The village lay almost directly south in a straight line from the Imperial City, and was not far from the crossings where the Red Ring Road met the Green. I looked over my horse’s condition; looked again at the sky, which was very much threatening another heavy downpour, and decided that a night at an inn was in order, despite the cost.

In spite of my hopes and Crystal’s gallant attempt at more speed, the skies opened up with a cold deluge before we rode at a slow pace through the main entrance to Pell’s Gate. The village itself was not a large one, having only some two dozen wood-framed houses, with their households, and a small sized inn; its main income derived from resupplying the people and caravans that travelled between the Imperial City and the southern parts of Cyrodiil.

I stabled Crystal myself, with hands that felt more like ice blocks than limbs — here at the Sleeping Mare Inn, there was no dedicated ostler who knew his business, only a new and very green stable boy who didn’t look as though he could tell oats from barley grain. Still, he managed well enough once I instructed him on the proper way to care for and rub down a horse that had taken a soaking from bad weather — meaning plenty of rugs and blankets, a stall that was snug and warm, a good brushing and a firm rubdown with braided straw, and extra hay in the feeder.

Once I was satisfied by my observations that the boy was doing as I’d told him, I then hurried back out into the bucketing rains. Arms over my head in a futile effort to keep the rain off, I fairly ran into the inn’s common room, tracking rivulets of water and muck onto the sturdy, if roughly made flagstone floor and trying not to slip. The innkeeper, Candice Corgine hurried over with offers of warmed towels to dry myself with, and outright dismay at the muck and water I was freely dripping all over her clean floor.

It rained through the night, and kept on raining heavily well into the morning, and throughout the whole day and again into the night, with strong winds that blew the rain nearly sideways. Being shut indoors thanks to the weather, I was feeling restless and bored, and getting rather claustrophobic by the second day of rain, since the inn was small and cramped with rather low wooden ceilings and walls.

Apart from gossiping with Candice, there was nothing much to do in the inn. It wasn’t so bad talking with her; the Breton innkeeper had no family around and thus was often lonely, and she had a fondness for tales of adventure and travel. Exchanging news with the regular patrons and transients was also a source of amusement. Still, too much of the same thing makes it boring, and those pastimes grew stale after the first morning. Otherwise I could spend my time sleeping, and eating the prepared meals, which were filling but rather bland, nothing to write home about. Candice mourned the fact that the Imperial cook just couldn’t understand how to properly cook Breton-style dishes, a situation with which I commiserated.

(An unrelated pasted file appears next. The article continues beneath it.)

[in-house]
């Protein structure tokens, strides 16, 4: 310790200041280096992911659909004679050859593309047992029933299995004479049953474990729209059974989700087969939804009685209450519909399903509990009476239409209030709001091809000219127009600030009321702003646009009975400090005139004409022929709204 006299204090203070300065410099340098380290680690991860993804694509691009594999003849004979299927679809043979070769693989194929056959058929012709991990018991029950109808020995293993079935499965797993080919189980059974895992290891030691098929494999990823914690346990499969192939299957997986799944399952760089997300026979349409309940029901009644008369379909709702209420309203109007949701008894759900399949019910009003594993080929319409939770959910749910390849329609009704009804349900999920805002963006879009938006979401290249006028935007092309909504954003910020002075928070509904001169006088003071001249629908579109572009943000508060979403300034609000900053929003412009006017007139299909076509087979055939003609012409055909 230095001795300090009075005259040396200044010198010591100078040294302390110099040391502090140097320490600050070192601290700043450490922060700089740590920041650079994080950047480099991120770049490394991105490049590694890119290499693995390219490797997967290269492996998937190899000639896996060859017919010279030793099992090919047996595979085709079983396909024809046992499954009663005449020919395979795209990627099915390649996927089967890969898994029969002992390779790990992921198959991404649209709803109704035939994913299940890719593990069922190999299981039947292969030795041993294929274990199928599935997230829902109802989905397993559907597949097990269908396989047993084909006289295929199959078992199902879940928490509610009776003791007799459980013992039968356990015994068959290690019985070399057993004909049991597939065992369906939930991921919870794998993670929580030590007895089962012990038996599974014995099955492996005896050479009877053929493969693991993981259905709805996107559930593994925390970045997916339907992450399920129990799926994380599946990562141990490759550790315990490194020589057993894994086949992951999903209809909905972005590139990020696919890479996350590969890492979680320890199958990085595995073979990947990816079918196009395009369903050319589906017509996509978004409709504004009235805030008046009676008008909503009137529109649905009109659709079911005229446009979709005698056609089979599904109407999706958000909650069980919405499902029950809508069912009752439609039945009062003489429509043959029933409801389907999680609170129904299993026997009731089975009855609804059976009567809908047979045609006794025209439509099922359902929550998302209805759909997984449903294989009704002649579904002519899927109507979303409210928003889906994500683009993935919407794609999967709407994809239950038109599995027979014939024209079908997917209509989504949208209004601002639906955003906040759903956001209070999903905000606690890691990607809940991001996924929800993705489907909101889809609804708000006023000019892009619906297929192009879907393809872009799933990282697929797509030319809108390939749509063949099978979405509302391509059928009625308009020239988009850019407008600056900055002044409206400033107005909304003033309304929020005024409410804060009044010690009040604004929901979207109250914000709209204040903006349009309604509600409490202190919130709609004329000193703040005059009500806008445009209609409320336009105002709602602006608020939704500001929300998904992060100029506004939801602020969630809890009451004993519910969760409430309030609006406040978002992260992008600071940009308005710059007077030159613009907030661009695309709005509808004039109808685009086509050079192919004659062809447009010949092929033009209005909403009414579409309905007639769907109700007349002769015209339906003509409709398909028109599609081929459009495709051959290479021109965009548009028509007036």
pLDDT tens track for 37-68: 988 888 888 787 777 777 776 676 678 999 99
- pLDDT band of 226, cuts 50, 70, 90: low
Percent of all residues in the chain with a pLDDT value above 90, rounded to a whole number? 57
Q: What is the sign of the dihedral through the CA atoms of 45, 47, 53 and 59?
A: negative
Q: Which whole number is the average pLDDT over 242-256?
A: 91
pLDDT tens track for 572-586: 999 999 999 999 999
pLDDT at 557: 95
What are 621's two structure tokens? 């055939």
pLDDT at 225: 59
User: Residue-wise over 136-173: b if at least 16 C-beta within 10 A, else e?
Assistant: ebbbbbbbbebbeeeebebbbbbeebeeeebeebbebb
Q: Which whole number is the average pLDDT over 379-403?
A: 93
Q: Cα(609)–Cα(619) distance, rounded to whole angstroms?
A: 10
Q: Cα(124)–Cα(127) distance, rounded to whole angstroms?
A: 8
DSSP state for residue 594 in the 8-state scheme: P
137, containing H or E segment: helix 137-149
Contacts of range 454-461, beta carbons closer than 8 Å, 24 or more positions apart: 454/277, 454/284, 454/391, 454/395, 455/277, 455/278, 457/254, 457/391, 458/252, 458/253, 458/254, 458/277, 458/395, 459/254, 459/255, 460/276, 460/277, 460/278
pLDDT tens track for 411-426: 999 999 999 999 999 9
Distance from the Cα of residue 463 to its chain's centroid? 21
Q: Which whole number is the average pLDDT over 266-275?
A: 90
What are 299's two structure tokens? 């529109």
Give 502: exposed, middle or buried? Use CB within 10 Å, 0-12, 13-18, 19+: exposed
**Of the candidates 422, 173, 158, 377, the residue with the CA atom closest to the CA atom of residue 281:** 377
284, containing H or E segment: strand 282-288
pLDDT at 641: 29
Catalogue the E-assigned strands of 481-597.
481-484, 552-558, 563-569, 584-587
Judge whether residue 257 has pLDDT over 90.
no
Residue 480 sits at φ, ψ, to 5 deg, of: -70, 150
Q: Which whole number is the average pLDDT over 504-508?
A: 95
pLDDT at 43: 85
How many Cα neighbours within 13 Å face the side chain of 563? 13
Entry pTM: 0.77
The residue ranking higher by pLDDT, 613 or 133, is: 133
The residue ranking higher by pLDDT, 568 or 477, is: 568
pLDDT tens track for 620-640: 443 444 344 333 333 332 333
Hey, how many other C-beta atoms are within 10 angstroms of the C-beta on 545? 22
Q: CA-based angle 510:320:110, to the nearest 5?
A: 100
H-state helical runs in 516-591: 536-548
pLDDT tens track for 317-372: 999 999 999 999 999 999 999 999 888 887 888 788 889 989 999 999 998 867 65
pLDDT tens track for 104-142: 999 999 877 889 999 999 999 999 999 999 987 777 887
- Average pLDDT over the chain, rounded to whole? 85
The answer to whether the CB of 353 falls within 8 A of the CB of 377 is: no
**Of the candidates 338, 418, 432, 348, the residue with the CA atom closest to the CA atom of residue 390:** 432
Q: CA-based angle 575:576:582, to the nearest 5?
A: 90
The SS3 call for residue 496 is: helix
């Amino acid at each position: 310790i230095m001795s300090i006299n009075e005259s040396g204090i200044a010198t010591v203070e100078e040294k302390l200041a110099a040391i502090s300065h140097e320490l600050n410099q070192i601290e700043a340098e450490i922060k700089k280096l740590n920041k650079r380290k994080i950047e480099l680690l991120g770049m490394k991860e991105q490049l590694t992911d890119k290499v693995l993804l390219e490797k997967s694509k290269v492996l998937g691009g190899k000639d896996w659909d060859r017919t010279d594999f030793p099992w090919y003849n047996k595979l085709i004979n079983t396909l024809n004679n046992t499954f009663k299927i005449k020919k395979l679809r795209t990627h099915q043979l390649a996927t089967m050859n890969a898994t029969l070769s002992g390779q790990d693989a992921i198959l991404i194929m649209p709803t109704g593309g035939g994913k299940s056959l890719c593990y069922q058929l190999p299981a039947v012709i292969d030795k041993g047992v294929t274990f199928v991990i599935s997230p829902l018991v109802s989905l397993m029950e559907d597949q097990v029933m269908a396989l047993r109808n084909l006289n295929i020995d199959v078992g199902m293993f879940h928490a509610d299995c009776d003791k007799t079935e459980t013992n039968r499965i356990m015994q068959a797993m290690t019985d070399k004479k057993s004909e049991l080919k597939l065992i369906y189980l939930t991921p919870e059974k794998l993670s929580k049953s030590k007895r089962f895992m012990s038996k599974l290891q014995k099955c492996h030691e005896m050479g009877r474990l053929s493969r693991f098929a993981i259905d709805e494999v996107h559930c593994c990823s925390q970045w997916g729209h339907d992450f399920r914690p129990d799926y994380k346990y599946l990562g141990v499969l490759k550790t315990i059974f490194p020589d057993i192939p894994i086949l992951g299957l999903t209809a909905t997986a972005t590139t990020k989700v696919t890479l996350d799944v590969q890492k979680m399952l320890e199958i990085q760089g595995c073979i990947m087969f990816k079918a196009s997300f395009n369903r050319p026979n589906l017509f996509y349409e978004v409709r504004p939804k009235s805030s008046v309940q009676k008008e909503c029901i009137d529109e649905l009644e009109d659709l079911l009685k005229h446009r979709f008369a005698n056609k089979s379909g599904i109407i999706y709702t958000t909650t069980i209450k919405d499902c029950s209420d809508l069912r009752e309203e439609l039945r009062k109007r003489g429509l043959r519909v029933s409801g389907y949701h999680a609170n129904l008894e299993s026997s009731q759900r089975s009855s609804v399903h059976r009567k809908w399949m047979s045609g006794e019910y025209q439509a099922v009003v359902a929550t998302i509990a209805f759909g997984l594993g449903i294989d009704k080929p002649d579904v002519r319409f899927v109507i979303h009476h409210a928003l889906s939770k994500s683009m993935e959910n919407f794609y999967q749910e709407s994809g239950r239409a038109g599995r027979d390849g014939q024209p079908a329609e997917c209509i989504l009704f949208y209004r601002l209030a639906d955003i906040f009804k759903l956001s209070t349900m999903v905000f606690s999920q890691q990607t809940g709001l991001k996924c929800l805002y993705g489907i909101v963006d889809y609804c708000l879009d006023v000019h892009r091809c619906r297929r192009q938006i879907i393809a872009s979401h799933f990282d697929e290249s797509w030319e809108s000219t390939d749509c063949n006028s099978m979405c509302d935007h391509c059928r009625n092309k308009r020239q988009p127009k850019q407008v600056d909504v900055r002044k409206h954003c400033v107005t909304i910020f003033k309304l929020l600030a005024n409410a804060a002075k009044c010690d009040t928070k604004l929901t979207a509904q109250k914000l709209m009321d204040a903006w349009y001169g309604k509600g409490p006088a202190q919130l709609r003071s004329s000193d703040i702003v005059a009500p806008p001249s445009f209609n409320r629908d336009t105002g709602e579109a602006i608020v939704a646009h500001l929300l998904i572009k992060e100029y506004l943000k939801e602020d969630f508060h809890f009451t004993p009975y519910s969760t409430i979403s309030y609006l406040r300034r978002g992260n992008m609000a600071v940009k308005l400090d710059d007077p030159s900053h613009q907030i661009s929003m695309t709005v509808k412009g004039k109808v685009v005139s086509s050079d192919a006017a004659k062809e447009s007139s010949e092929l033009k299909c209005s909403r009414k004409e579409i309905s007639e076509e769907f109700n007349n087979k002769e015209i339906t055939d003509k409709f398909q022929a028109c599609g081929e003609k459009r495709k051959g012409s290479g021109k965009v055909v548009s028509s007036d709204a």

There was little in the way of intellectual stimulation possible. What few books were on hand were useless to me. The inn had a thriving sideline in sales of potions, basic alchemical reagents and equipment, along with miscellaneous magickal bric-a-brac, but I wasn’t in the mood for attempting any advanced alchemical experimentation either — the results of my experiments would probably result in Candice throwing me out onto the road into the rain. Her resources and usually good temper was already rather strained by the unusuallly large influx of travellers seeking shelter, and anything that disrupted the peace of her common room wouldn’t win me any favours.

I prayed to Kynareth and asked her to speed the rains on their way elsewhere. Bravil was still two days’ ride away, and that estimate might rise further if the extreme rain and winds had managed to wash out a section of the road or otherwise make it impassable. The main roads were well maintained and patrolled by the Legion, but all the same they had been known to give way in part in some lower-lying areas, and there was always the possibility of fallen trees blocking the road that I would have to ride around.

I stared out the window at the grey skies and watched water sheet down the cloudy glass, and wondered how Clesyne was faring. Was she safely indoors? Or perhaps it was raining too, but not quite as heavily in Bravil. Maybe the weather there was sunny and not a drop of rain to speak of. If that were so, lucky her.

Outside, the interminable rain went on and on.